We’re sure you know what ransomware is by now.
ICYMI, ransomware is malicious software that scrambles your files with a randomly generated cryptographic key…
…and then sends the one and only copy of that decryption key to the crooks.
Who promptly offer to sell it back to you so that you can unlock your data and get your business moving again.
Instead of using mass spamming techniques to blast their malware to millions of recipients in the hope of collecting thousands of dollars each from thousands of victims scattered all over the world, the SamSammers used a more pin-point approach.
They identified lists of networks where they knew there was a security hole, such as a remote access portal with a guessable password, and picked just one network at a time to attack.
By scrambling hundreds of computers in a single network at the same time – often, ironically, by employing the same sort of sysadmin techniques that a legitimate IT staffer might use to distribute a genuine software update – the crooks generally ended up in a very strong position from which to extort money.
“All-you-can-eat buffet” pricing
Indeed, their extortion demands reflected the power they wielded – they generally “offered” a “price” of about $8000 per computer…
…or $50,000 for what you might call the “all-you-can-eat buffet” option, offering what was effectively a network-wide licence to decrypt all your computers for one lump sum.
You can probably imagine getting by for a few days with 5% or even 10% of your network out of action, but not if 50% of more of all your laptops and servers are frozen and unusable.
And that’s what the SamSammers were banking on: a situation where some organisations had little choice but to pay up.
The biter bit
Well, justice, of a sort, is in the process of being served.
The FBI claims to have identified two of the perpetrators of this long-running cybercrime, publicly naming them as Mohammad Mehdi Shah Mansour (27) and Faramarz Shahi Savandi (34), both allegedly resident in Teheran, the capital of Iran.
- Conspiracy to commit fraud and related activity in connection with computers.
- Conspiracy to commit wire fraud.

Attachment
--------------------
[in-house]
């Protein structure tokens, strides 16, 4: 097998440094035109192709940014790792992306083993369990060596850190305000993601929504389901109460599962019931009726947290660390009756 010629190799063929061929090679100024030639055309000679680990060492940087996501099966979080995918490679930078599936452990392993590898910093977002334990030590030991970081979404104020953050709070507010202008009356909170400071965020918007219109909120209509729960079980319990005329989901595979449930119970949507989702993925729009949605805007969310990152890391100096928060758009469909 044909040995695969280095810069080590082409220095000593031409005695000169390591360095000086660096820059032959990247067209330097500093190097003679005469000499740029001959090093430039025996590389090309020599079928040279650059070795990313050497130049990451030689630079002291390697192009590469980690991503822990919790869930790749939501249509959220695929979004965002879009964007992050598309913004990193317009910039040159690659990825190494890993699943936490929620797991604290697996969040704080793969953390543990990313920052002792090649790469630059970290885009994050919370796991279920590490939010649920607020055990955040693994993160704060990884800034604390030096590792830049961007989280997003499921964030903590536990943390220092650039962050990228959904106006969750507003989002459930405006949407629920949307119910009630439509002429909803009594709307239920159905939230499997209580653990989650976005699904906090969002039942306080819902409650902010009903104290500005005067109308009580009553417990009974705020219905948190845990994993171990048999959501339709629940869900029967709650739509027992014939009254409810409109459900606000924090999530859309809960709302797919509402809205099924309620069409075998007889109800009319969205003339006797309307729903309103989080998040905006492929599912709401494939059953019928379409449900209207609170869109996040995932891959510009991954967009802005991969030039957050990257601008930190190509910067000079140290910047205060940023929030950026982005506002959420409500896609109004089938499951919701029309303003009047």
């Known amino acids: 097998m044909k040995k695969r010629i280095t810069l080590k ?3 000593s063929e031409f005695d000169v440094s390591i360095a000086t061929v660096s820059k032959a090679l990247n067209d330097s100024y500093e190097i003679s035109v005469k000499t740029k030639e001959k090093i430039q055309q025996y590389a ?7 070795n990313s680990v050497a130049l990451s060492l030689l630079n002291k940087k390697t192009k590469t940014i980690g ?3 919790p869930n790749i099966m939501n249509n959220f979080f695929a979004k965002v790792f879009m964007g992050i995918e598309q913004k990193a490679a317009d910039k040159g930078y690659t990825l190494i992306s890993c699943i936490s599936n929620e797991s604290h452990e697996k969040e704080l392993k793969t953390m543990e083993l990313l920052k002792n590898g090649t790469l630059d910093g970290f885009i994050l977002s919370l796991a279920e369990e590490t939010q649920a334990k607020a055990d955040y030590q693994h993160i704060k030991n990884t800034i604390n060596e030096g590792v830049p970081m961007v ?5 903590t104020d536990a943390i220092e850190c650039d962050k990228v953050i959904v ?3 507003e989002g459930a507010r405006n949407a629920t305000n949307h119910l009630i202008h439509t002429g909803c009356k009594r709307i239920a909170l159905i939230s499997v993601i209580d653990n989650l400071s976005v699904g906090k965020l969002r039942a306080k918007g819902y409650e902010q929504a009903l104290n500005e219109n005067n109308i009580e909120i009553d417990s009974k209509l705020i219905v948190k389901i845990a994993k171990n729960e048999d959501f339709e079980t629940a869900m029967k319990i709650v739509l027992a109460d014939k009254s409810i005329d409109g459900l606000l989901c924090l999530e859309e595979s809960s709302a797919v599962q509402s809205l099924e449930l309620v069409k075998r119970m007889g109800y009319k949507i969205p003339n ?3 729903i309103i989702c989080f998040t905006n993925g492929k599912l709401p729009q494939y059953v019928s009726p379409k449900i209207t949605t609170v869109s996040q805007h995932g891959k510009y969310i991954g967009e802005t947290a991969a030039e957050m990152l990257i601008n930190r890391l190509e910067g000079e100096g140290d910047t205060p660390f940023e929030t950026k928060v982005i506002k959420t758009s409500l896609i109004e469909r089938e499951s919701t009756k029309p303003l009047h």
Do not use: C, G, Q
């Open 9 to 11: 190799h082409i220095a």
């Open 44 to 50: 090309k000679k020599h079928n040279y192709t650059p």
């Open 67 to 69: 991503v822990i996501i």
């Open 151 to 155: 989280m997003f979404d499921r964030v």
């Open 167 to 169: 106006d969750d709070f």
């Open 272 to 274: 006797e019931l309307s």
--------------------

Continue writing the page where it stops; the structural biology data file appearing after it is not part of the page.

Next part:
- Intentional damage to a protected computer.
- Transmitting a demand in relation to damaging a protected computer.
Additionally, the US Department of the Treasury has publicly identified two other Iranians, Ali Khorashadizadeh and Mohammad Ghorbaniyan, whom the Treasury accuses of helping Mansour and Savandi to convert their extortion “earnings” – paid in Bitcoin by their victims – into Iranian currency.
What happens next?
If the defendants are, indeed, in Iran, it seems unlikely – at least in the current political climate – that they will ever be sent for trial in or by the United States.
That doesn’t mean they’re home free, of course – if they’ve made as much money as we suspect, they might fall foul of any number of rules and regulations in Iran, so for all we know they might face investigation on home soil.
Anyway, even if this revelation serves to scare the SamSammers into inactivity, there’s still plenty of cybercrime about, and plenty of other ransomware (and ransomware gangs) to take over where the SamSam crew left off.
So don’t let this announcement lull you into a false sense of security – the history of ransomware is full of stories about new strains that took over when existing ransomware groups were taken down.
Fortunately, the same advice that we gave to help to protect you from SamSam will help you against ransomware – and cybercrime – in general, so please revisit it now!
We also urge you to read the SophosLabs 2019 Threat Report, in which we analyse the state of play in cybercrime today, including a section on ransomware in general and SamSam in particular.